Below from Haaretz:

The army believes the incursion into Gaza will do significant damage to Hamas’ standing army and at the same time give Hamas leaders a palpable sense that their rule is in danger. The ground invasion will also accelerate the diplomatic stopwatch. A delegation from the European Union “troika” (Germany, France, Great Britain) will reach Gaza on Sunday, and French President Nicolas Sarkozy is expected on Monday. Translated into military terminology that means the IDF has less than a week to make genuine progress in Gaza.

In the past two days the army chief of staff and the head of Southern Command visited troops massing along the Gaza border and approved the final plans. The message from the IDF commanders is: “We will meet our goals. There will be casualties as a result of the thrust into Gaza but they will not stop any part of the operation.” This attitude is different from that evinced during the Second Lebanon War, when the army withdrew on more than one occasion in response to casualties. One battalion commander told his company commander on Saturday that it’s possible that not everyone will return to meet again in a few days’ time.

This knowledge has not affected the army’s motivation and readiness, however. Hamas is not Hezbollah and the IDF circa January 2009 is not the IDF of 2006. It is sharper, more determined and better trained. The intelligence is infinitely better this time. The offensive was prepared over a long period of time. It is very aggressive, with massive air and artillery fire preceding the ground and artillery forces.

Read the rest:
http://www.haaretz.com/hasen/spag
es/1052336.html

The BBC:
Clashes were reported in Gaza City, the northern town of Beit Lahiya and the Jabaliya refugee camp. Both sides have reported casualties in the fighting.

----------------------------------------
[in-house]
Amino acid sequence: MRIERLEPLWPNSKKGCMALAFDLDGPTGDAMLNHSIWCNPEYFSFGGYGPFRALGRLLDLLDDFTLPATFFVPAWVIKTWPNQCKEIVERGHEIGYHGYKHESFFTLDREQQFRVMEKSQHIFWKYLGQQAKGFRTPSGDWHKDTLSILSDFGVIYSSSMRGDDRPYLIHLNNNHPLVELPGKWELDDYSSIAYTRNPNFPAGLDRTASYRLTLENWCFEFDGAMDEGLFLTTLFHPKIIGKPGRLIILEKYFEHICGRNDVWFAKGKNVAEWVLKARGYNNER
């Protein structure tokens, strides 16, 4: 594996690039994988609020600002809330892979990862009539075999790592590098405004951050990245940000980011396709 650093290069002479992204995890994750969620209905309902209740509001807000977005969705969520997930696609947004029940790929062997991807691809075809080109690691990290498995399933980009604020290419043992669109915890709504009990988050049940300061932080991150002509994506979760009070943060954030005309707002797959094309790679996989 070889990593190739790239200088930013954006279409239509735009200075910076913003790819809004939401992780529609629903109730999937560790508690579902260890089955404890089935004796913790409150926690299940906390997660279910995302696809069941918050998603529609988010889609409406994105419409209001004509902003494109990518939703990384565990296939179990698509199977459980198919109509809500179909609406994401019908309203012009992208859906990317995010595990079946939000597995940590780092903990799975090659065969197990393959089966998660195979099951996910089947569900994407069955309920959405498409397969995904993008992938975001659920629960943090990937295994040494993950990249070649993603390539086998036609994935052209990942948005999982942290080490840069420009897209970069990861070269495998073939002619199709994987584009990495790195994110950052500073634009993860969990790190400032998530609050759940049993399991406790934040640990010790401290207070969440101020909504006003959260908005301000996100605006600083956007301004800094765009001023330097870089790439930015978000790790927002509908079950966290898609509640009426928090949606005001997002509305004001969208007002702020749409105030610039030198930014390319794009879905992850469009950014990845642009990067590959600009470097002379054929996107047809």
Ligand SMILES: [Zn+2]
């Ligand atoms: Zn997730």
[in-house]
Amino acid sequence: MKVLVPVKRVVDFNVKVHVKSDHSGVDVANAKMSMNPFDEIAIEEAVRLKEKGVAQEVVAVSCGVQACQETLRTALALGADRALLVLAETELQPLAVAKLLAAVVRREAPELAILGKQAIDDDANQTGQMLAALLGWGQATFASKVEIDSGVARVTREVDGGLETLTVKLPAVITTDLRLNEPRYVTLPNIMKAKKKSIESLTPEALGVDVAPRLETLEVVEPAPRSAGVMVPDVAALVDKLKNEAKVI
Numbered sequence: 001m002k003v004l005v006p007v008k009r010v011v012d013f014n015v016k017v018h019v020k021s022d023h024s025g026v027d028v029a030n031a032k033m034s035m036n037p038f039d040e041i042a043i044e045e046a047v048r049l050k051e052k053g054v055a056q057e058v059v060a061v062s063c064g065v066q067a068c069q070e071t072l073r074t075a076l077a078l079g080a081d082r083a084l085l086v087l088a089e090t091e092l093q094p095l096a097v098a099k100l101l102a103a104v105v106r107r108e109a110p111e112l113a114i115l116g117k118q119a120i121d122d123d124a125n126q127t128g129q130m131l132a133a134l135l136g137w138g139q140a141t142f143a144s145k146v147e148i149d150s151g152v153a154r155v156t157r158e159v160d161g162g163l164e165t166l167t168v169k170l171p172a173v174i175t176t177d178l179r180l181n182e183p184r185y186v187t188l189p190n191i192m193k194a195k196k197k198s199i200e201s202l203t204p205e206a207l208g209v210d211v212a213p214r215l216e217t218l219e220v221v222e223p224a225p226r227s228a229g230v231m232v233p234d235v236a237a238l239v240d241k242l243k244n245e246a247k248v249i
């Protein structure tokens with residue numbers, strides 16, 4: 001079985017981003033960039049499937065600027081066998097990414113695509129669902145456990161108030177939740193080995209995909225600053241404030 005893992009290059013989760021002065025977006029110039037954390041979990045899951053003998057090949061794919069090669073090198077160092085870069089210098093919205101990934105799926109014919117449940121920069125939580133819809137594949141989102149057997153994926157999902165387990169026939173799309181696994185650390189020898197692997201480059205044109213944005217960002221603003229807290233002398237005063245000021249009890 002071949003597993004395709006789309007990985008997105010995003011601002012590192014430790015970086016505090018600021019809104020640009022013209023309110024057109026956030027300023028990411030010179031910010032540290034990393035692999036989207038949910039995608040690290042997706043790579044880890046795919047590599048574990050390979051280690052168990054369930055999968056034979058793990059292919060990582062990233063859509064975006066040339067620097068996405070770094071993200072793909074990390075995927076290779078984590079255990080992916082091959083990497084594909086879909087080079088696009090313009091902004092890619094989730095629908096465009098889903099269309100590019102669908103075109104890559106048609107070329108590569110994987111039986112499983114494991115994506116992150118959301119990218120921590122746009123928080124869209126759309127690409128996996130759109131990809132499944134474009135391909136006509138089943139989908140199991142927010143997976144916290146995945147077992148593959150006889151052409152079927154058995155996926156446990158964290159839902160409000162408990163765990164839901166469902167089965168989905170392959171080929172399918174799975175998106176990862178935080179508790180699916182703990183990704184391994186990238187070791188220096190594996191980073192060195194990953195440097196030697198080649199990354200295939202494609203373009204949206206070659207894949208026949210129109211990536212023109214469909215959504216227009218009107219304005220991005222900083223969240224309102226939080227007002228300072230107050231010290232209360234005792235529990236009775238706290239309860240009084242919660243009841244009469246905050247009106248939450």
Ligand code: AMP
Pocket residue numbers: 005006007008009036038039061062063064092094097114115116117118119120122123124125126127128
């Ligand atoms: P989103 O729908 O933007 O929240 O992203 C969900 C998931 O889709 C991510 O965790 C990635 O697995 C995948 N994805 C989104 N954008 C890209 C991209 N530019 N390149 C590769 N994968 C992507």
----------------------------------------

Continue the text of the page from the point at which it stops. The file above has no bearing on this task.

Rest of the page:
The UN secretary general has called for an immediate halt to operations.

But an emergency Security Council meeting failed to agree a united approach to the Gaza conflict.

Read the rest from The BBC:
http://news.bbc.co.uk/2/hi/middle_east/7810270.stm

World leaders clash on Iran sanctions

December 17, 2008

Secretary of State Condoleezza Rice on Tuesday briefed a half-dozen key Arab states on U.S.-led efforts to stem Iran‘s nuclear program but achieved no new consensus on how to prevent Iran from developing the technology for a nuclear weapon.

“All there expressed their concern about Iran’s nuclear policies and its regional ambitions,” Miss Rice said after the morning meeting with diplomats from Bahrain, Egypt, Jordan, Kuwait, Iraq, the United Arab Emirates (UAE) and Saudi Arabia.

Representatives from Britain, France, China, Russia and Germany – which have been trying without success to persuade Iran to suspend its uranium enrichment program for several years – also took part in the session conducted on the sidelines of a Security Council debate on the Israeli-Palestinian peace process.

By Betsy Pisik
The Washington Times 

British Foreign Minister David Miliband, far left, listen as U.S. Secretary of State Condoleezza Rice, second from right, address the United Nations Security Council at the United Nations in New York, Tuesday Dec. 16, 2008. Council members debated before voting on a draft resolution calling for an intensification of Israeli-Palestinian peace negotiations. Associated Press.

Above: British Foreign Minister David Miliband, far left, listen as U.S. Secretary of State Condoleezza Rice, second from right, addresses the issue of Iran’s nuclear efforts.

Miss Rice said there was no discussion of new sanctions against Iran, which has defied several U.N. resolutions demanding that it curb its nuclear program.

Those attending are “concerned that there will need to be a way to finally incent Iran to make a different choice concerning its nuclear ambitions,” Miss Rice said. “But this was not an effort to develop a common strategy.”

Divisions among Iran’s Arab neighbors across the Persian Gulf have made it more difficult to contain Iran.

Read the rest:
http://www.washingtontimes.com/news/2008
/dec/16/world-leaders-clash-on-iran-sanctions/